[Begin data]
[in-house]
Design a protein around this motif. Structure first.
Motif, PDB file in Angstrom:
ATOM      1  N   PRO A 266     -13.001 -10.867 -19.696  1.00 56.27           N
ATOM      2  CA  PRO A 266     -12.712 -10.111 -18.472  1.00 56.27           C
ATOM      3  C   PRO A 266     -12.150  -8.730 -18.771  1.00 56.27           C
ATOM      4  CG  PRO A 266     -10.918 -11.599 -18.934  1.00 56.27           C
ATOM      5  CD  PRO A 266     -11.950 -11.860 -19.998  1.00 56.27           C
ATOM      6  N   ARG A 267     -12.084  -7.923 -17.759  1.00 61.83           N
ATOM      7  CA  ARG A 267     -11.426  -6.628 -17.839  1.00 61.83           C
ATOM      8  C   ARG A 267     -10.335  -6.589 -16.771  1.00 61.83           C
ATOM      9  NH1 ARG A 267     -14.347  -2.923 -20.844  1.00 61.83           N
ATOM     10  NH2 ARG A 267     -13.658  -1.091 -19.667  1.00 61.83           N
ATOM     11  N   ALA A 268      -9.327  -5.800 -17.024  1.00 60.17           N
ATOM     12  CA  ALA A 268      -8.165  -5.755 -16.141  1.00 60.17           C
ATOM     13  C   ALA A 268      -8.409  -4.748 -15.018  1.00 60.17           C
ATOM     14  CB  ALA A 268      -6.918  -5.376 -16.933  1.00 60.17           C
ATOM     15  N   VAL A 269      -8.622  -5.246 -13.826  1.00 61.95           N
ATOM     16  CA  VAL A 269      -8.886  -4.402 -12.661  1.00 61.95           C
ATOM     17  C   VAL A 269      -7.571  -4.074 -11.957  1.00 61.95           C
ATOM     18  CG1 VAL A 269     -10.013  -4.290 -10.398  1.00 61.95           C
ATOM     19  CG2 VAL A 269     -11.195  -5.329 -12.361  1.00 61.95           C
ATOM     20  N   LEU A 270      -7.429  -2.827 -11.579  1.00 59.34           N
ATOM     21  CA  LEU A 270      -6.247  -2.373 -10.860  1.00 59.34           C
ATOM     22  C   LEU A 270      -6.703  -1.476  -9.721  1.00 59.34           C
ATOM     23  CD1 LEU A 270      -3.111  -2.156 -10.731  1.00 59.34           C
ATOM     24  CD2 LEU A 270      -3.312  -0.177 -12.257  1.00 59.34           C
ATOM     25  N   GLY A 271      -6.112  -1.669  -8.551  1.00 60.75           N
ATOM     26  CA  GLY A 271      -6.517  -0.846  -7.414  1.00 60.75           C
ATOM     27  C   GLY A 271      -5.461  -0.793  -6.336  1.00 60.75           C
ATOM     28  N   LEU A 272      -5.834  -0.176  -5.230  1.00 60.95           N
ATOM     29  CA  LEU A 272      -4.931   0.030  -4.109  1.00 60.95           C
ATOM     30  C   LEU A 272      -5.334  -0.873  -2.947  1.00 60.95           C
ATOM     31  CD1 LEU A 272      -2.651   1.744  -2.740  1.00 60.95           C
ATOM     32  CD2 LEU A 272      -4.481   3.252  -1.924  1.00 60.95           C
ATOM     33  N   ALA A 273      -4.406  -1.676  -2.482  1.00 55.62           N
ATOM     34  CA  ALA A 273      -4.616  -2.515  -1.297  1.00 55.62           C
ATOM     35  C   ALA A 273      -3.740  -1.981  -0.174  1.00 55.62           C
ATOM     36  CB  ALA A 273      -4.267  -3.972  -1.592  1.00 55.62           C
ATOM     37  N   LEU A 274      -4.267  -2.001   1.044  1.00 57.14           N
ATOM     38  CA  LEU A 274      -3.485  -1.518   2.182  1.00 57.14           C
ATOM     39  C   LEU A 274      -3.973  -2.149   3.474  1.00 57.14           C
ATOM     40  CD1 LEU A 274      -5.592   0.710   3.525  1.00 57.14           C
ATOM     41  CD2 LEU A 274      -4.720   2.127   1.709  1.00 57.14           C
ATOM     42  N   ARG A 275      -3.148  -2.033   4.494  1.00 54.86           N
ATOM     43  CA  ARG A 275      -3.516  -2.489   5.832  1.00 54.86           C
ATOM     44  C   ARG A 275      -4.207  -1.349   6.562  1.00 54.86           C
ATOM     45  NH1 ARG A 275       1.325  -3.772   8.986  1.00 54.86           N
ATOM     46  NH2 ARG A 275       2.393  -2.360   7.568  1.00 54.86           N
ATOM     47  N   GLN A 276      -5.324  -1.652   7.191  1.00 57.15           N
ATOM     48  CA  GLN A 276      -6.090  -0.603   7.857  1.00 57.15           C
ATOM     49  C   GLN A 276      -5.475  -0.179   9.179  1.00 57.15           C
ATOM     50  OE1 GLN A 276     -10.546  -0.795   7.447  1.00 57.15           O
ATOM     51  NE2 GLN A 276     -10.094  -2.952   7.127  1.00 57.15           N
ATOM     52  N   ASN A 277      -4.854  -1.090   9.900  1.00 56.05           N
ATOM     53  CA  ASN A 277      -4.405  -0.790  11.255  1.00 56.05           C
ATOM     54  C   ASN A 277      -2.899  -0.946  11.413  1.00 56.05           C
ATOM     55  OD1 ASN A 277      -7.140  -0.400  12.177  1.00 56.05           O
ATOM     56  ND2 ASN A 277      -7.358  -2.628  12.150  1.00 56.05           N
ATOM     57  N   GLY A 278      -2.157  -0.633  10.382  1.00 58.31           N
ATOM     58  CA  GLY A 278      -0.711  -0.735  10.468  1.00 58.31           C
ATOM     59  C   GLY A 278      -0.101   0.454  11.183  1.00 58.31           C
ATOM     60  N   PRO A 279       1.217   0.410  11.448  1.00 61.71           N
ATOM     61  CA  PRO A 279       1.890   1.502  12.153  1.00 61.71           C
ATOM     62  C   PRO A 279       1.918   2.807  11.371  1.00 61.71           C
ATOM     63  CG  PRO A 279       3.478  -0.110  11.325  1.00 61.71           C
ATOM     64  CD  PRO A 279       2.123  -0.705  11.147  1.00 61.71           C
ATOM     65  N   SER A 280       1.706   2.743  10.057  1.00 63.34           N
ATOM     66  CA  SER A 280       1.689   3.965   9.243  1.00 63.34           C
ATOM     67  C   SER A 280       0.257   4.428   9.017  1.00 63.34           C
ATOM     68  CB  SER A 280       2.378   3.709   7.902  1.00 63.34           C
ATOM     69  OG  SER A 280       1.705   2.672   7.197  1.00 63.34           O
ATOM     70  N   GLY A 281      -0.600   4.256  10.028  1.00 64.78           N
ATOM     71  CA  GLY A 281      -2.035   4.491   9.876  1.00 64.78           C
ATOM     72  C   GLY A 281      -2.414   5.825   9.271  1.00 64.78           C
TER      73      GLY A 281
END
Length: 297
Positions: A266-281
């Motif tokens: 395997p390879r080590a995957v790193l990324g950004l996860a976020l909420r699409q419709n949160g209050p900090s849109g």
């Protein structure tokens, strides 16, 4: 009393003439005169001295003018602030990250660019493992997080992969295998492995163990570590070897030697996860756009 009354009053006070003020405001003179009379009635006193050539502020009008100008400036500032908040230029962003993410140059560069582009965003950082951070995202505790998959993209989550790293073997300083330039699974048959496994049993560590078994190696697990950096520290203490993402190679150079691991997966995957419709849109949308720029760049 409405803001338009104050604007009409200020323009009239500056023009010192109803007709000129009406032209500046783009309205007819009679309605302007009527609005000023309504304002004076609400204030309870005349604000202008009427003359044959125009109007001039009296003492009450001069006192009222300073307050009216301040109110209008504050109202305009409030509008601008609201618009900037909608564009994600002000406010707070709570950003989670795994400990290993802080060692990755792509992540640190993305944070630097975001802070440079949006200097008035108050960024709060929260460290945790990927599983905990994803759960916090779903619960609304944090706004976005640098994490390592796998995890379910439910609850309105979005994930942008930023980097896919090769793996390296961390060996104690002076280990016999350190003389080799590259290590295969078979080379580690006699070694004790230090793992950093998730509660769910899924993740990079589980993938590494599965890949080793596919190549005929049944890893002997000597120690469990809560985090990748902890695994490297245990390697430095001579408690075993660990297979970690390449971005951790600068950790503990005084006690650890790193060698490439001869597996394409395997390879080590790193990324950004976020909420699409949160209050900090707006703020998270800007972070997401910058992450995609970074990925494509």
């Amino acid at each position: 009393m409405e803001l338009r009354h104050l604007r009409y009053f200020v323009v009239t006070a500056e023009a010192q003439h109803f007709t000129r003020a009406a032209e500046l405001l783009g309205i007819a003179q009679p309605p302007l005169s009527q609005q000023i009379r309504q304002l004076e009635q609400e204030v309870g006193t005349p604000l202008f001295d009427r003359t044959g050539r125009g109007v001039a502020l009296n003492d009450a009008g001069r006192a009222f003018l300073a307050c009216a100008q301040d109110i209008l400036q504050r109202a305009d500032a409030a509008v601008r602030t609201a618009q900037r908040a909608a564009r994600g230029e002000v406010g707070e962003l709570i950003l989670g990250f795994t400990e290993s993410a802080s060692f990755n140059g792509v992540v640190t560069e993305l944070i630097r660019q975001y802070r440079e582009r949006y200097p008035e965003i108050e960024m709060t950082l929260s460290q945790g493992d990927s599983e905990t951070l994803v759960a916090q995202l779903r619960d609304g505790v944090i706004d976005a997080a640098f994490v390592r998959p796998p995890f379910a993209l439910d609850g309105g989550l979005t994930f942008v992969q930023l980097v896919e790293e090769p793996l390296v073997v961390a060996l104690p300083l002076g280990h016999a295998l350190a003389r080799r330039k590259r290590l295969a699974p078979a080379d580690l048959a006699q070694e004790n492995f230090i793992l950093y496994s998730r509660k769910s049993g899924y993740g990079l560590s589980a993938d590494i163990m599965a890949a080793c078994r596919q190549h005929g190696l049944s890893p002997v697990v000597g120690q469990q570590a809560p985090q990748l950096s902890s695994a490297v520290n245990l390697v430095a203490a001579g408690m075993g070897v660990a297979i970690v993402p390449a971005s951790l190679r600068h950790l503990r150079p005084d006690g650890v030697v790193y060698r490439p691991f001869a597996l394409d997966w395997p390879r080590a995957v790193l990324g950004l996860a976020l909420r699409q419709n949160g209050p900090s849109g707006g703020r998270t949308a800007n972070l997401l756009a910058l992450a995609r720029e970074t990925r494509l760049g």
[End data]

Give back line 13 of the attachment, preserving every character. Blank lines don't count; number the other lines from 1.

ATOM     10  NH2 ARG A 267     -13.658  -1.091 -19.667  1.00 61.83           N